As Ohio Congressman Dennis Kucinich moved a “privileged resolution” to force House to consider the question of whether President Bush should be impeached for lying to Congress and the American people about the reasons for invading and occupying Iraq, House Speaker Nancy Pelosi surprised almost everyone by suggesting that the Judiciary Committee might indeed take up the issue.
Pelosi, who famously declared impeachment to be “off the table” before the 2006 election, now suggests that hearings on the president’s high crimes and misdemeanors are a distinct possibility.
“My expectation is that there will be some review of that in the committee,” the California Democrat told reporters Thursday.
“This is a Judiciary Committee matter, and I believe we will see some attention being paid to it by the Judiciary Committee,” Pelosi explained.
The speaker was not suggesting that members of the Judiciary panel would be voting anytime soon on formal impeachment resolutions. Pelosi said she did “not necessarily (see the committee) taking up the articles of impeachment because that would have to be approved on the floor, but to have some hearings on the subject.”
Judiciary Committee chair John Conyers, D-Michigan, has indicated that he is reviewing the 35 articles of impeachment Kucinich has proposed for President Bush. He has not indicated, however, whether he intends to hold hearings on any of them or on broads questions of whether violations of their oaths of office, the Constitutionally-defined separation of powers and the laws of the land by the president and Vice President Dick Cheney — the subject of three impeachment articles submitted by Kucinich — should be addressed by Congress.
It is no secret that Conyers has felt constrained by Pelosi’s “off-the-table” commitment.
Whether her new line opens the door for hearings before the end of the Bush-Cheney presidency remains to be seen.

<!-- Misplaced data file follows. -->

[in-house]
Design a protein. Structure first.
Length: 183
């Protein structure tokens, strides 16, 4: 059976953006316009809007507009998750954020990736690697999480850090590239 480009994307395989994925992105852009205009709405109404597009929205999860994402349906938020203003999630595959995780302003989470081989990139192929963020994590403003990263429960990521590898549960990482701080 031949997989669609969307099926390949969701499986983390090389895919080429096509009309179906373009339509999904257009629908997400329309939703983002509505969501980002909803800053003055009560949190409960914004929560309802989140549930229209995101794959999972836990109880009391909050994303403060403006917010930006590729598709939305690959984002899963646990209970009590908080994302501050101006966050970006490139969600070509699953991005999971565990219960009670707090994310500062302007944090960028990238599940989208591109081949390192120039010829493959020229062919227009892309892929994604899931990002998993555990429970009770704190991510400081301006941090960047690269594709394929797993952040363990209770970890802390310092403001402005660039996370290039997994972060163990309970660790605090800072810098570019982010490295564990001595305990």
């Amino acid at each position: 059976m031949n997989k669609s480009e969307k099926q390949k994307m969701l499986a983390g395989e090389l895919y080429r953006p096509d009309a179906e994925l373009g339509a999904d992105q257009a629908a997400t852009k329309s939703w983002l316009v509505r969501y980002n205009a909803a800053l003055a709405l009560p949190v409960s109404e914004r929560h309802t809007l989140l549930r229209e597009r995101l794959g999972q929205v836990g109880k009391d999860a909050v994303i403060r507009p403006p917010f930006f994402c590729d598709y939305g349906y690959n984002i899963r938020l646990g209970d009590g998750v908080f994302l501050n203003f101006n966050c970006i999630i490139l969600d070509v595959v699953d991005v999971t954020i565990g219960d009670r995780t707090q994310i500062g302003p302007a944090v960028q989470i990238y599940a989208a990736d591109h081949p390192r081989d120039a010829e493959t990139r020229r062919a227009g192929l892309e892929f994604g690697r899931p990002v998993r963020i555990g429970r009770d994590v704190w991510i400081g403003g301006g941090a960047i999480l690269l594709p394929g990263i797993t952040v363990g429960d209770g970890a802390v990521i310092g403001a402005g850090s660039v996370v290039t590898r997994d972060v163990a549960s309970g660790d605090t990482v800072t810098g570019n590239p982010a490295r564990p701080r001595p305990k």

But Pelosi’s remarks do create an opening for the members of the Judiciary Committee, including Florida Democrat Bob Wexler and Wisconsin Democrat Tammy Baldwin, who have co-sponsored Kucinich’s articles of impeachment and who have urged the committee to open hearings on issues of presidential accountability.
For his part, Kucinich will keep pressing for action.
“Congress must, in the name of the American people, use the one remedy which the Founders provided for an Executive who gravely abused his power: Impeachment. Congress must reassert itself as a co-equal branch of government; bring this President to an accounting, and in doing so reestablish the people’s trust in Congress and in our United States system of government. We must not let this President’s conduct go unchallenged and thereby create a precedent which undermines the Constitution,” the Ohio congressman said Thursday, as he prepared to introduce his privileged resolution to force consideration of impeachment of a president who he accuses of “deceiving Congress with fabricated threats of Iraq WMDs to fraudulently obtain support for an authorization of the use of military force against Iraq.”.
“In the final analysis this is about our Constitution and whether a President can be held accountable for his actions and his deceptions, especially when the effects of those actions have been so calamitous for America, Iraq and the world. Unless Congress reasserts itself as the power branch of government which the Founders intended, our experiment with a republican form of Government may be nearing an end. But when Congress acts to hold this President accountable it will be redeeming the faith that the Founders had in the power of a system of checks and balances which preserves our republic.”